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August 12, 2003

involving kids in research

I'm busy trying to raise money for the Prince George's Information Commons, our project that helps local kids use the Internet for civic purposes. There's one specific grant opportunity that I want to go after, and it has a Sept. 2 deadline.

Given the terms of the grant opportunity ("research in active living"), I can imagine us doing these three things:

1. We could help kids to map the walkable streets, parks, and healthy food sources of the r community, so that we can investigate whether that kind of research makes adolescents more aware of health issues, more prone to healthy behavior, and more civically engaged. Our method would be to give them (and a control group) questionnaires both before and after the course, and measure the change.

2. We could help kids to produce public documents—such as maps, brochures, website materials—that advertise the health assets in the community, and investigate whether these materials lead to positive health outcomes in the school or community. Our method would be to give students in a set of classes a questionnaire, then expose them to the materials that our kids create, and then survey them again.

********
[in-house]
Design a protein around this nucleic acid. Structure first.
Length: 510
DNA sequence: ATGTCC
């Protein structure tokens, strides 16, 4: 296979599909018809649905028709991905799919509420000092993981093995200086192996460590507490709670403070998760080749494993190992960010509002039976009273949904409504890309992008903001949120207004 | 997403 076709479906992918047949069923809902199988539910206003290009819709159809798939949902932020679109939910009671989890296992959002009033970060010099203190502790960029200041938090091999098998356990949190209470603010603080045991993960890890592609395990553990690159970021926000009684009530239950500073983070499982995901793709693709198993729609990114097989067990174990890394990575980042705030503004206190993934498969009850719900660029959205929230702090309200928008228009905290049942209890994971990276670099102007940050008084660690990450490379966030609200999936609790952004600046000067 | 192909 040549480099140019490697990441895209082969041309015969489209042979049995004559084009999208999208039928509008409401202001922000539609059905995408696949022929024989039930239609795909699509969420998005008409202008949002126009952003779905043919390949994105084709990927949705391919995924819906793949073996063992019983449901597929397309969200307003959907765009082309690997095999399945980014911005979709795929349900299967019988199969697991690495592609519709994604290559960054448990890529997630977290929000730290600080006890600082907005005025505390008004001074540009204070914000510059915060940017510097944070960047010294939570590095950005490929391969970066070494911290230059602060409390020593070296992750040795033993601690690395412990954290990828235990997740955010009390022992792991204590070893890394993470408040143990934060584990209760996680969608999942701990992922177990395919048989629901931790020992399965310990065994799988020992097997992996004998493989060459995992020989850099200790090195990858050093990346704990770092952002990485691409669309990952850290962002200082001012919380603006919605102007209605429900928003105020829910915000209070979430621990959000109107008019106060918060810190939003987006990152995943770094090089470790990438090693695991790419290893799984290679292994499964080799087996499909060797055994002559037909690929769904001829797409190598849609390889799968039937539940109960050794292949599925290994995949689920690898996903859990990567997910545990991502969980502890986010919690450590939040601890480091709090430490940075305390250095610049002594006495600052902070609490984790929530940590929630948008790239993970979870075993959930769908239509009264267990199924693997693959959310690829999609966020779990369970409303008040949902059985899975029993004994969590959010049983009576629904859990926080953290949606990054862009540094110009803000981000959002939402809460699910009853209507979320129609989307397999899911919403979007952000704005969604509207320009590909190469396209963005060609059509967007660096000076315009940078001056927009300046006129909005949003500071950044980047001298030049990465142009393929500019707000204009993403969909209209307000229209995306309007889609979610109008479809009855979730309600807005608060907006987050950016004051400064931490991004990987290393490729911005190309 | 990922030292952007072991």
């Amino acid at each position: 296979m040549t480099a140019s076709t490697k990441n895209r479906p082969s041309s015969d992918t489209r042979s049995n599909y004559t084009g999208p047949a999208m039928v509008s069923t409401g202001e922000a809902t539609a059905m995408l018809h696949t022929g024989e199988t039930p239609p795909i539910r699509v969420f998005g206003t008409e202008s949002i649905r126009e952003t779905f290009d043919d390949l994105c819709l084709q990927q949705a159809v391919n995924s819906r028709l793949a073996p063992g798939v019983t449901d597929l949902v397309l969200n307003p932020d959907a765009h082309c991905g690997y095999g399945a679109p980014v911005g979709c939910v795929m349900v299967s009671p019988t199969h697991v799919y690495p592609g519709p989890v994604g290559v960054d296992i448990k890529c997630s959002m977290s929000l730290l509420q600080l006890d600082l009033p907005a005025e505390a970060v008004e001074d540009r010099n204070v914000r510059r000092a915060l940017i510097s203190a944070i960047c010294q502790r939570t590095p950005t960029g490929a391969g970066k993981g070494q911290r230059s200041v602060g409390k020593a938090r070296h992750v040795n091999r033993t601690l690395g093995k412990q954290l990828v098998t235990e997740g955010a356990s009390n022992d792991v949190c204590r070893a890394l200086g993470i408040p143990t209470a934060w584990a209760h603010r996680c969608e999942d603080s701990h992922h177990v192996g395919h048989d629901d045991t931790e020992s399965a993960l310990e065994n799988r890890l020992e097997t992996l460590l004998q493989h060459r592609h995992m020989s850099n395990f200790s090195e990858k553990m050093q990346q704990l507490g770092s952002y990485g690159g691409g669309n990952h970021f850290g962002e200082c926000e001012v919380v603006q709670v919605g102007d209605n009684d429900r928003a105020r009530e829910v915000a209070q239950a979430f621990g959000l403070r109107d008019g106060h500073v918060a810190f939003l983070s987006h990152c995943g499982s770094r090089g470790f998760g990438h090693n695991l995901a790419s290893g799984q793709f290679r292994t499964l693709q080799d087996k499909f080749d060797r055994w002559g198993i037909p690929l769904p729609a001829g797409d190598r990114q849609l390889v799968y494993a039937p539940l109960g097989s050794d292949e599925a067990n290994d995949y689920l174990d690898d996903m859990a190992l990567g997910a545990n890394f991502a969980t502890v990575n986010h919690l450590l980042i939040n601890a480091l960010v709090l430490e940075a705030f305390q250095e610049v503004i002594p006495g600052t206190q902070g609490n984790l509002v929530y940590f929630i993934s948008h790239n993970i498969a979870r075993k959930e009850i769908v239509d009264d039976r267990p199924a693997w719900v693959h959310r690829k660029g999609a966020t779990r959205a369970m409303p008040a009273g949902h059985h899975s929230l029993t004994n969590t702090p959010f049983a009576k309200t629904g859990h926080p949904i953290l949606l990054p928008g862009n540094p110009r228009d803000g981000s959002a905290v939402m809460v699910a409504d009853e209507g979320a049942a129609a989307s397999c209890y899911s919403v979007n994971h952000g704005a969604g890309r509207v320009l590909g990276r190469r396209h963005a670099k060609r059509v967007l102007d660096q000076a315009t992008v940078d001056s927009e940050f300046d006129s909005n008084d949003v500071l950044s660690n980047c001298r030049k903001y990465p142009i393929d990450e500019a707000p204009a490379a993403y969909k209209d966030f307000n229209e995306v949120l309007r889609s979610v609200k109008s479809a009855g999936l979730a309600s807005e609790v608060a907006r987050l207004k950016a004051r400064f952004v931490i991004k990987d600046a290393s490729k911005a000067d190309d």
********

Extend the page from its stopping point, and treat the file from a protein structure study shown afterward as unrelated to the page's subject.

3. We could use the data that the kids collect to generate genuine research findings of value to other communities.

I'm convinced that the funder actually wants #3, and it's the hardest item for me to conceive. We could say that we will collect baseline data on walkability, nutritional quality, and crime, and use these data for research purposes—but I doubt that that's specific enough. We could say that we will investigate whether proximity to healthy assets correlates with good health, controlling for lots of stuff, but I'm not sure that kind of correlational research is rigorous enough. We could say that we will resurvey the neighborhood periodically to establish how much change occurs in walkability and other health variables. But I'm not sure how interesting the mere rate of change would be. Or we could say that we will use specific changes in the community as "natural experiments." But then I think we need to describe one likely change that we will be able to investigate. I haven't thought of one yet.

August 12, 2003 12:24 PM | category: a high school civics class | Comments


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